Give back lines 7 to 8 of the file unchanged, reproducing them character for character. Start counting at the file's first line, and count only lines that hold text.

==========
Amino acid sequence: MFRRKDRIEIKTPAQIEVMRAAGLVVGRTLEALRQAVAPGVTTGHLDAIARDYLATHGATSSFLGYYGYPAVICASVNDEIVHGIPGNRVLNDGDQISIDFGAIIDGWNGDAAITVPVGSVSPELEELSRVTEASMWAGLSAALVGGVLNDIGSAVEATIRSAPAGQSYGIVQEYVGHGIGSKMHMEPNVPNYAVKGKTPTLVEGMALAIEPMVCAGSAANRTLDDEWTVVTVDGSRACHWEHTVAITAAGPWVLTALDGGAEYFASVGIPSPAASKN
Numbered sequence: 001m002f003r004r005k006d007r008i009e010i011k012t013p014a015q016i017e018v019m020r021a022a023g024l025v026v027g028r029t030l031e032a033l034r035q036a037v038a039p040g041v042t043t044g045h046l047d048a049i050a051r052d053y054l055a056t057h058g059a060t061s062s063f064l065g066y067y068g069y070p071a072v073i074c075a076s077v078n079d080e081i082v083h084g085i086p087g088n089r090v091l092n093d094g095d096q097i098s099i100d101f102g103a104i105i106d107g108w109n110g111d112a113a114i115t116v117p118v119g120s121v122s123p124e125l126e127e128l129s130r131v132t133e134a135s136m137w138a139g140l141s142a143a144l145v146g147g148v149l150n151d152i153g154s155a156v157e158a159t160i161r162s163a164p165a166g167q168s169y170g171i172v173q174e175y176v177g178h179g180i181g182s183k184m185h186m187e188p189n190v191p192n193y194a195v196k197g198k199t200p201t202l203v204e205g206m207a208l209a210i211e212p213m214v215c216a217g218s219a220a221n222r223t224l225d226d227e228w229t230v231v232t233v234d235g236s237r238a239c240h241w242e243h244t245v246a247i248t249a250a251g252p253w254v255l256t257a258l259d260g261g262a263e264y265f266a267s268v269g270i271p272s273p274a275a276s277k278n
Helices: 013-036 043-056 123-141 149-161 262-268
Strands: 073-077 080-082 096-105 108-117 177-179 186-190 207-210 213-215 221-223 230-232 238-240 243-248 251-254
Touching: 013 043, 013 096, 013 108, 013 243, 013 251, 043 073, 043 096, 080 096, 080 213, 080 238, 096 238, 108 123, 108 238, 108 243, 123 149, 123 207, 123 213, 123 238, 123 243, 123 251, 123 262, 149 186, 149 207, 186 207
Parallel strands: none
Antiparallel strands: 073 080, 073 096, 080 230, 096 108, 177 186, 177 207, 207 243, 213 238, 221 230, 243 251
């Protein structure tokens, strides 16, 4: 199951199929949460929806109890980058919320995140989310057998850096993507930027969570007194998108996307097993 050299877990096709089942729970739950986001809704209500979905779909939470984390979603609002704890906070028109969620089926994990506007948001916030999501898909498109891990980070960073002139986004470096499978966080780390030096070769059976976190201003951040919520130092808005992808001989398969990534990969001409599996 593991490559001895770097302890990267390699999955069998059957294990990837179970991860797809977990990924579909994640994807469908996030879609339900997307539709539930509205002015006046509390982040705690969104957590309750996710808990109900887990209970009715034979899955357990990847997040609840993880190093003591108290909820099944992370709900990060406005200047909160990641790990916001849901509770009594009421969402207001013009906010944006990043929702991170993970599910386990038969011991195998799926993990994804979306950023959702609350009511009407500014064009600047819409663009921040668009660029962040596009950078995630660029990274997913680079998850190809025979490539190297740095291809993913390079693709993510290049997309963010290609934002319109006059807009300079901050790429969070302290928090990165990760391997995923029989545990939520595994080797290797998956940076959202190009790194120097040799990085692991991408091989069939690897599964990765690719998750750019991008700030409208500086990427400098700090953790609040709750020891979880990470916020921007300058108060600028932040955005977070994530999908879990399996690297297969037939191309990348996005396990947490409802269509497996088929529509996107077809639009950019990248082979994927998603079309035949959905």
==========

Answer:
Antiparallel strands: 073 080, 073 096, 080 230, 096 108, 177 186, 177 207, 207 243, 213 238, 221 230, 243 251
């Protein structure tokens, strides 16, 4: 199951199929949460929806109890980058919320995140989310057998850096993507930027969570007194998108996307097993 050299877990096709089942729970739950986001809704209500979905779909939470984390979603609002704890906070028109969620089926994990506007948001916030999501898909498109891990980070960073002139986004470096499978966080780390030096070769059976976190201003951040919520130092808005992808001989398969990534990969001409599996 593991490559001895770097302890990267390699999955069998059957294990990837179970991860797809977990990924579909994640994807469908996030879609339900997307539709539930509205002015006046509390982040705690969104957590309750996710808990109900887990209970009715034979899955357990990847997040609840993880190093003591108290909820099944992370709900990060406005200047909160990641790990916001849901509770009594009421969402207001013009906010944006990043929702991170993970599910386990038969011991195998799926993990994804979306950023959702609350009511009407500014064009600047819409663009921040668009660029962040596009950078995630660029990274997913680079998850190809025979490539190297740095291809993913390079693709993510290049997309963010290609934002319109006059807009300079901050790429969070302290928090990165990760391997995923029989545990939520595994080797290797998956940076959202190009790194120097040799990085692991991408091989069939690897599964990765690719998750750019991008700030409208500086990427400098700090953790609040709750020891979880990470916020921007300058108060600028932040955005977070994530999908879990399996690297297969037939191309990348996005396990947490409802269509497996088929529509996107077809639009950019990248082979994927998603079309035949959905």